5 things you didn’t know about...vitreous enamel signage
Credit: AJ Wells. Signage on the London Underground, such as the roundel, is made from vitreous enamel.
1. A highly durable material, vitreous enamel is a thin layer of powdered glass fused to a metal base, usually steel or cast iron.
2. After a fire at King’s Cross underground station in 1987, it was decided that materials used on the underground needed to be fire-resistant, including the signage, so vitreous enamel was used.
3. AJ Wells & Sons Limited, UK, a family-run manufacturer of vitreous enamelled signs and cladding products, has been making signs for the London Underground since 1990.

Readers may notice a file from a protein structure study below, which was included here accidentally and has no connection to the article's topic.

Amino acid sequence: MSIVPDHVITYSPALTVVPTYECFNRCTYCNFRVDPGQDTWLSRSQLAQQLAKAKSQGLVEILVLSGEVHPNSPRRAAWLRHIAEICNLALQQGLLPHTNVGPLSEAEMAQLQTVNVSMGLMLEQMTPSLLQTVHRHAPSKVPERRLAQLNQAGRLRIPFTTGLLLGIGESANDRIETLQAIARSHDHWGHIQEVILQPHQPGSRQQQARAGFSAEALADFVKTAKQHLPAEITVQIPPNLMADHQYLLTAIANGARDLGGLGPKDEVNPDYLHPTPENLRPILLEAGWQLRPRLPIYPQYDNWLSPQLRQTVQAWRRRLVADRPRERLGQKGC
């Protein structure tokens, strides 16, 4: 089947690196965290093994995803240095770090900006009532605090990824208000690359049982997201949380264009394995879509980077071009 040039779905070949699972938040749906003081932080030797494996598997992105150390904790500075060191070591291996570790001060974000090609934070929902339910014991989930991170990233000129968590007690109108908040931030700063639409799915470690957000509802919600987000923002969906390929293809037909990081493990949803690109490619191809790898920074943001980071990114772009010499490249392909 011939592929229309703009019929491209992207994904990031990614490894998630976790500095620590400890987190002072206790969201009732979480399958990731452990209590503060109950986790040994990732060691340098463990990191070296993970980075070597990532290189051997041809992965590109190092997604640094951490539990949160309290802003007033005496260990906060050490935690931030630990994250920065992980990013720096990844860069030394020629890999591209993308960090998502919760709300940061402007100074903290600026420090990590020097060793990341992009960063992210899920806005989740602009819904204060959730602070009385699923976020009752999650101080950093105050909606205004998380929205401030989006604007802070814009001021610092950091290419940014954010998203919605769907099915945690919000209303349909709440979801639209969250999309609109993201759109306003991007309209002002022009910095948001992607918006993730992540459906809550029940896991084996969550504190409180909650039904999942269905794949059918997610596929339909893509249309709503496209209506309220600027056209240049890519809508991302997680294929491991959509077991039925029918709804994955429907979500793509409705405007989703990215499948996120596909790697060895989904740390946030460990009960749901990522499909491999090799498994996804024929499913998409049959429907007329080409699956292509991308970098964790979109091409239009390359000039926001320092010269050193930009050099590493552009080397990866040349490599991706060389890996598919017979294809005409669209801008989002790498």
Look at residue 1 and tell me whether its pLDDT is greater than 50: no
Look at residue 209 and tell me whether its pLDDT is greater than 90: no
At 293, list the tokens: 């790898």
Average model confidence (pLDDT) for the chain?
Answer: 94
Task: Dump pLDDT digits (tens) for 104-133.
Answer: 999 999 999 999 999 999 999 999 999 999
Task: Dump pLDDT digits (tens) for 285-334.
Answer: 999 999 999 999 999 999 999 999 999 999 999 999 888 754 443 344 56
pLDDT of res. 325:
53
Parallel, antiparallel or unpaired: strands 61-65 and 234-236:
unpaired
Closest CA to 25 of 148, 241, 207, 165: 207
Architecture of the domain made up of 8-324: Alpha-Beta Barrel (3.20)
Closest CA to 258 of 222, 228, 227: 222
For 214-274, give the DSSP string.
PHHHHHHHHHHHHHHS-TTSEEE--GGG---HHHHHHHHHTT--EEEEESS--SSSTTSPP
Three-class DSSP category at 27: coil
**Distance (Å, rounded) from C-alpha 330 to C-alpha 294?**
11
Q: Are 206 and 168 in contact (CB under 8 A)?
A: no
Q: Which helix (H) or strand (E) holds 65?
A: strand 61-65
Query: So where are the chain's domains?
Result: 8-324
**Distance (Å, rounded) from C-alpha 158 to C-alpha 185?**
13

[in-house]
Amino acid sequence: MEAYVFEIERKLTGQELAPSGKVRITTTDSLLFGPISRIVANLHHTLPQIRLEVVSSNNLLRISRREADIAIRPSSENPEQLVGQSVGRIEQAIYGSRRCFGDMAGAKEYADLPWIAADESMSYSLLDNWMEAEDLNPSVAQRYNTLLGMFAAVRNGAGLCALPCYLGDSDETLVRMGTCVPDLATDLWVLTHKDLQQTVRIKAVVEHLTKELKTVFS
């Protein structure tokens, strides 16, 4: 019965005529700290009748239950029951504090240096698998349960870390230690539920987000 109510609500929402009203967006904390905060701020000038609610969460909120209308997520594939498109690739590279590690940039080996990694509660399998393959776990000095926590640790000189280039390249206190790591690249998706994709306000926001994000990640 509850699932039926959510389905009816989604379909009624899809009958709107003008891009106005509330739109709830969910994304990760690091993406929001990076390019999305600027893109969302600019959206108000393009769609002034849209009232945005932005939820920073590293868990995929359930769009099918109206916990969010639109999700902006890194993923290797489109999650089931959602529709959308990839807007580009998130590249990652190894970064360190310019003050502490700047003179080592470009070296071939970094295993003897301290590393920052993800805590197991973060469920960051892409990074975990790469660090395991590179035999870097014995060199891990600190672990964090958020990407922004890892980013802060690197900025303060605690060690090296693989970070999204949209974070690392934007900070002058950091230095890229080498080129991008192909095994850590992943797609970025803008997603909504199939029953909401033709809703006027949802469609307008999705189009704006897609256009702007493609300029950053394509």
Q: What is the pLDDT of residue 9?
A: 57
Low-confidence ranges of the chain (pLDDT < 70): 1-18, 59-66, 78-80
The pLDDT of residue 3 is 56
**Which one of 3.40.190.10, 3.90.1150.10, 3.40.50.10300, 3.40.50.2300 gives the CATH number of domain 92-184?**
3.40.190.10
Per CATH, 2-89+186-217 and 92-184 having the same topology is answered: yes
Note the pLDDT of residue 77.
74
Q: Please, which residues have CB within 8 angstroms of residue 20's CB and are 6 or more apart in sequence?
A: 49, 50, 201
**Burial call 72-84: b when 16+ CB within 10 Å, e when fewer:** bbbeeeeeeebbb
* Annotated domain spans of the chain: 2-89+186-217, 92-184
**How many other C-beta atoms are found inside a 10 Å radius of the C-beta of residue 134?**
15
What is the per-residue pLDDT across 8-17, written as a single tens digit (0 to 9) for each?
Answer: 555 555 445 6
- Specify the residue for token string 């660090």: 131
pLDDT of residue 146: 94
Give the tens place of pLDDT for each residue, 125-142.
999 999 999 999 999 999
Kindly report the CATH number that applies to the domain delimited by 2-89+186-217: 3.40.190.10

4. The base material for the sign, usually steel, is sprayed with an enamel ground-coat consisting of powdered glass, quartz, clay and oxides suspended in water. It is then fired at around 800°C so that the glass fuses to the base steel.
5. Properties of vitreous enamel include a longer lifespan, an anti-graffiti surface, corrosion resistance and durability.
To find out more see the upcoming November issue of Materials World.